The Glossary contains an alphabetically ordered list of terms useful to the understanding of ethics in a gendered perspective.
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Placing moral emphasis on the maintenance of community, relationality, and intimacy, this ethical principle shifts between responsibility and self-sacrifice, care of the self and care for others. The precedence of care in women’s ethical principles is not necessarily a choice or a positive adaptation to the social world; care dominates in part due to the traditional expectations placed on women.
Associated with the rise of emphasis on “difference” as a guiding principle in feminist theory, Carol Gilligan descries the “readiness with which difference becomes deviance and deviance becomes sin in a society preoccupied with normality.” Feminist politics before the 1970s generally demanded the equal rights of women within institutions and practices controlled by men. Gilligan and her peers argued for the import of gender difference in revolutionizing such institutions and leveling competition. Their argument was not intended to be essentialist as it attended to the social conventions that constructed such differences as much as it recognized physical diversity.
This measure of moral development moves from conventional adherence to social and legal codes toward post-conventional, autonomous ethical reasoning based on “universal principles” such as a human rights and the precedence of persons over property. The scale measures maturity by stages in moral thought.
Noting the frequency with which empirical and objective research methods in the social sciences repeated the biases and patterns of domination in their social worlds, feminist researchers proposed alternative methods to produce more balanced results, or “socially-situated knowledge” that recognizes its cultural context without reproducing its social biases. With slogans such as "start thought from marginalized lives" and "take everyday life as problematic," this methodology has become a defining principle within feminist research (and particularly in the social sciences) that argues for the precedence of perspectives omitted in traditional research. The methodological claim began with the insistence on women's views as a point of departure for research, and has become increasingly intersectional in its practice.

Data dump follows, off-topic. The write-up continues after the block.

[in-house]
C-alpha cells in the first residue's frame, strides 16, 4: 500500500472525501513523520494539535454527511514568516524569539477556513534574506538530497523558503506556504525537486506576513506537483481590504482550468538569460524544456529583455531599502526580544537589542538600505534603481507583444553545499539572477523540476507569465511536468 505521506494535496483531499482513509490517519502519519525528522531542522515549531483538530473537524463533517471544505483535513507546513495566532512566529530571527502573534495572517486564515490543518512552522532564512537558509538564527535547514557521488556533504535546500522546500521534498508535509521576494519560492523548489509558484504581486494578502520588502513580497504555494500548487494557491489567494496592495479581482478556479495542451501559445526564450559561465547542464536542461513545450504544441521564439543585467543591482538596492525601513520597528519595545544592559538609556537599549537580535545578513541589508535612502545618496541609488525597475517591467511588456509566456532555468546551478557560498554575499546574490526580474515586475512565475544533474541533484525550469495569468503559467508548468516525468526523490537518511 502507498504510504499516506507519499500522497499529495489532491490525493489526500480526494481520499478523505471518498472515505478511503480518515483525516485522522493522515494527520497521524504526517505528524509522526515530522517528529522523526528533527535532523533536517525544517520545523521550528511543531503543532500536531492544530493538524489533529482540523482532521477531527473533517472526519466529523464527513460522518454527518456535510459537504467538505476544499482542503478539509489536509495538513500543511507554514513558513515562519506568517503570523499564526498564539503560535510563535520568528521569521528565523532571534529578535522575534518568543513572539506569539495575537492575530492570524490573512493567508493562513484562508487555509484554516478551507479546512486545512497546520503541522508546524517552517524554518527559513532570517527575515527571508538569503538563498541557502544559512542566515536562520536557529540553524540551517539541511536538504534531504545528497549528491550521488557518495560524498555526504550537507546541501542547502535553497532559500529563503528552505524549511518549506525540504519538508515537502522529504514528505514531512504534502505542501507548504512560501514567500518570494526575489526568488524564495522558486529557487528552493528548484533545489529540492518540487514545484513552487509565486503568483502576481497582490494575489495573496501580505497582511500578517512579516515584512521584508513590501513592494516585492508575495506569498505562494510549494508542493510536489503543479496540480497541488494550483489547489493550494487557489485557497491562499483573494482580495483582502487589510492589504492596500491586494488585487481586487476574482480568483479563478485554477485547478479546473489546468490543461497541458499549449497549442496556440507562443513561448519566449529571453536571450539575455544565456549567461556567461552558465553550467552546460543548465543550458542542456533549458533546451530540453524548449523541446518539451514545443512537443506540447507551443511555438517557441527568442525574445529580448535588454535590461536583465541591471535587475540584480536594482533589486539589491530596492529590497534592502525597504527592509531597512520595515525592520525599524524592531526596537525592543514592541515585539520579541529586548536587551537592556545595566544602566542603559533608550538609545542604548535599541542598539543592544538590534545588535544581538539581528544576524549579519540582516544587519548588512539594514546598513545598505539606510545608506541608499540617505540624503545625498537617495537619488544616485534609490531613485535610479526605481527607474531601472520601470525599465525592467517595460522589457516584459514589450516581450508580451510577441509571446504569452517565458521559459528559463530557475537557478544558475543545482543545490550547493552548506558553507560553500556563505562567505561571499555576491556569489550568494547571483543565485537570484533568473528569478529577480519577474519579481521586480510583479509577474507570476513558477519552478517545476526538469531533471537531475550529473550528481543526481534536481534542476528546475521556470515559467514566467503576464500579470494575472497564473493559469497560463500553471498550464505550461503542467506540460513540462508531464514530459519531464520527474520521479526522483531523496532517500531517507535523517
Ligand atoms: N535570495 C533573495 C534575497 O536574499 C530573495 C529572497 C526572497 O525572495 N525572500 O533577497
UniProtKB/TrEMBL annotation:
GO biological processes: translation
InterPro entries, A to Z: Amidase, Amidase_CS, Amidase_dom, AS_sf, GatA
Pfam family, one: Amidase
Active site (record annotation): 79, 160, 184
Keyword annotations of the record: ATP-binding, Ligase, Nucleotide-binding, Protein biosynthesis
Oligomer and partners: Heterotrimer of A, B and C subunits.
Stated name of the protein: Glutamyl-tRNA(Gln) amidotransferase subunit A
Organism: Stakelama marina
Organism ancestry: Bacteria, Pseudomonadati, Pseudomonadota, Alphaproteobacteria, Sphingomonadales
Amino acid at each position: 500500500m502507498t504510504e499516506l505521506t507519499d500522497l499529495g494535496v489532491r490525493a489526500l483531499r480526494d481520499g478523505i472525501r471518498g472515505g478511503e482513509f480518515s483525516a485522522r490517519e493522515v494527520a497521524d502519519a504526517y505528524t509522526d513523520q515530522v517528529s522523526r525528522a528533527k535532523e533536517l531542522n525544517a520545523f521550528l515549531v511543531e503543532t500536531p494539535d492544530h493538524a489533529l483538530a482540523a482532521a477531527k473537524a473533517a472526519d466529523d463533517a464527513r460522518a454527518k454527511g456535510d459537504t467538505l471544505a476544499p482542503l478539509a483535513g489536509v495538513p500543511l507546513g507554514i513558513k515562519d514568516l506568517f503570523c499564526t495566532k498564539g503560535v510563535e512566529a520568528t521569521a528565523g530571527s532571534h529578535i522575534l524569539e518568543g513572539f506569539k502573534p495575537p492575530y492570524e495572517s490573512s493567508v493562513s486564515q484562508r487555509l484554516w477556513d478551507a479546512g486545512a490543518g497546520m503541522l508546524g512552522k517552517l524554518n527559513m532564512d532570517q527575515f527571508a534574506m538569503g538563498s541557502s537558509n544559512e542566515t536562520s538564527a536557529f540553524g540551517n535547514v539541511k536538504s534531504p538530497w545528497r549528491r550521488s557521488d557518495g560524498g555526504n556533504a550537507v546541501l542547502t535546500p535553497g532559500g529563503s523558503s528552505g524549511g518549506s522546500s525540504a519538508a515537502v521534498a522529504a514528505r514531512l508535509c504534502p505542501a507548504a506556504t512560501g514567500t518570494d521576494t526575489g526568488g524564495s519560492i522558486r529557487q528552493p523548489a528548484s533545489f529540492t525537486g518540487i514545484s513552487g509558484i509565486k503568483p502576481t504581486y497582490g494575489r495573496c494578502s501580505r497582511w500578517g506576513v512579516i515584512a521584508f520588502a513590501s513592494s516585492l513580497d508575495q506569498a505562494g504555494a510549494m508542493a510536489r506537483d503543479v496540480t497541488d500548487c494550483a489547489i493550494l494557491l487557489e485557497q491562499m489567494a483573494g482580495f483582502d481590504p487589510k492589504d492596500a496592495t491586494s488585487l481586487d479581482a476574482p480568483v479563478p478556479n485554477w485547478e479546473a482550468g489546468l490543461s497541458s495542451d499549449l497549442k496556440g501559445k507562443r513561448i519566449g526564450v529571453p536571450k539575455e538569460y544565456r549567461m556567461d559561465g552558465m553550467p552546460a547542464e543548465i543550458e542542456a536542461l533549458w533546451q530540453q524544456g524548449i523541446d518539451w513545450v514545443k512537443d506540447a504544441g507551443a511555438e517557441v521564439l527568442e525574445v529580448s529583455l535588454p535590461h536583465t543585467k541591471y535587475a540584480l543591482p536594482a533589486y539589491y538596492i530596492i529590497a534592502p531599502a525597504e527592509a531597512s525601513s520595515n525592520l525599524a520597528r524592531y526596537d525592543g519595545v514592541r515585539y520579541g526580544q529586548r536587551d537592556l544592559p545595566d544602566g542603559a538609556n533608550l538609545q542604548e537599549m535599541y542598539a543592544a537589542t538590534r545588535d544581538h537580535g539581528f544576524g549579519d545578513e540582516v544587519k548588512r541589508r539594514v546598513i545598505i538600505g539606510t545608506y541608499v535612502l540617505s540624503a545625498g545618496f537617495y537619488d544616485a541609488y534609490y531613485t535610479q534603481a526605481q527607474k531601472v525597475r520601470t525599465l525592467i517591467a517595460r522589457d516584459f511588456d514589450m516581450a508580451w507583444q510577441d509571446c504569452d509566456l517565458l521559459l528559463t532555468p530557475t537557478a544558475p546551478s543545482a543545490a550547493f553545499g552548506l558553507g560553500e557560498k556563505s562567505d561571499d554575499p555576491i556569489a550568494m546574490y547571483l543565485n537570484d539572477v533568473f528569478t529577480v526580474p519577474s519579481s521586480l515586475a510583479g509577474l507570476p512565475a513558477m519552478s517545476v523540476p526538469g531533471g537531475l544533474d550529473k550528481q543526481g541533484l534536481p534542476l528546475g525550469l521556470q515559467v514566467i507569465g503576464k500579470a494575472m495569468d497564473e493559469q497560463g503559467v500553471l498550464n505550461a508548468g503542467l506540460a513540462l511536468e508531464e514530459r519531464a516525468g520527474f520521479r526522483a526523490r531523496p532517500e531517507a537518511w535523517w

The title concept of voice only emerges explicitly in the second edition of Carol Gilligan’s book though it is implicitly a major methodological principle throughout the volume. In her letter to readers in 1993, Gilligan emphasizes voice as a concept that spans the futile nature/culture debate in gender theory and gives particularity to gender difference. Voice is her term for perspective or point of view, for interiority and self-knowledge, and for ways of speaking (both rhetorically and audibly): “It is composed of breath and sound, words, rhythm, and language.” She associates voice with the physicality of sound, the psychology of emotion, and the cultural inheritance of language and rhetoric.